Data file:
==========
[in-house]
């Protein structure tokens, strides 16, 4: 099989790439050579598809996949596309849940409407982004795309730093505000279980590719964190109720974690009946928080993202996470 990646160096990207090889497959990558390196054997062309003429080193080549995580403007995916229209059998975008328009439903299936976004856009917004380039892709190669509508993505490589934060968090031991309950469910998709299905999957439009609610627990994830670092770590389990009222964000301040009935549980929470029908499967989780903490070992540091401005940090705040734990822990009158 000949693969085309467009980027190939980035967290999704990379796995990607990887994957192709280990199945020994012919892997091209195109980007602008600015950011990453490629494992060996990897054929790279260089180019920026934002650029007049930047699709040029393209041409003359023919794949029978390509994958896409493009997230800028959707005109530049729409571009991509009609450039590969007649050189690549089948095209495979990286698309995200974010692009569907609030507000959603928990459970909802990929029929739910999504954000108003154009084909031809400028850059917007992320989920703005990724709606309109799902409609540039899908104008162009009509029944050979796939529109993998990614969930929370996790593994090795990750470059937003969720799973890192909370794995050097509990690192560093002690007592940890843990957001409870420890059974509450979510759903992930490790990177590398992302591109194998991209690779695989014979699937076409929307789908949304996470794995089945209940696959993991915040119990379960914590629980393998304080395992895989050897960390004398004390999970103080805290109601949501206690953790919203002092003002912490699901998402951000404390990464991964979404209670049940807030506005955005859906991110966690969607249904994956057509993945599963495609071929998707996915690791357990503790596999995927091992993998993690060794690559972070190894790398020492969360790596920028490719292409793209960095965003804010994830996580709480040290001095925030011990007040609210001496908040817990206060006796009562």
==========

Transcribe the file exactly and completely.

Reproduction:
[in-house]
């Protein structure tokens, strides 16, 4: 099989790439050579598809996949596309849940409407982004795309730093505000279980590719964190109720974690009946928080993202996470 990646160096990207090889497959990558390196054997062309003429080193080549995580403007995916229209059998975008328009439903299936976004856009917004380039892709190669509508993505490589934060968090031991309950469910998709299905999957439009609610627990994830670092770590389990009222964000301040009935549980929470029908499967989780903490070992540091401005940090705040734990822990009158 000949693969085309467009980027190939980035967290999704990379796995990607990887994957192709280990199945020994012919892997091209195109980007602008600015950011990453490629494992060996990897054929790279260089180019920026934002650029007049930047699709040029393209041409003359023919794949029978390509994958896409493009997230800028959707005109530049729409571009991509009609450039590969007649050189690549089948095209495979990286698309995200974010692009569907609030507000959603928990459970909802990929029929739910999504954000108003154009084909031809400028850059917007992320989920703005990724709606309109799902409609540039899908104008162009009509029944050979796939529109993998990614969930929370996790593994090795990750470059937003969720799973890192909370794995050097509990690192560093002690007592940890843990957001409870420890059974509450979510759903992930490790990177590398992302591109194998991209690779695989014979699937076409929307789908949304996470794995089945209940696959993991915040119990379960914590629980393998304080395992895989050897960390004398004390999970103080805290109601949501206690953790919203002092003002912490699901998402951000404390990464991964979404209670049940807030506005955005859906991110966690969607249904994956057509993945599963495609071929998707996915690791357990503790596999995927091992993998993690060794690559972070190894790398020492969360790596920028490719292409793209960095965003804010994830996580709480040290001095925030011990007040609210001496908040817990206060006796009562």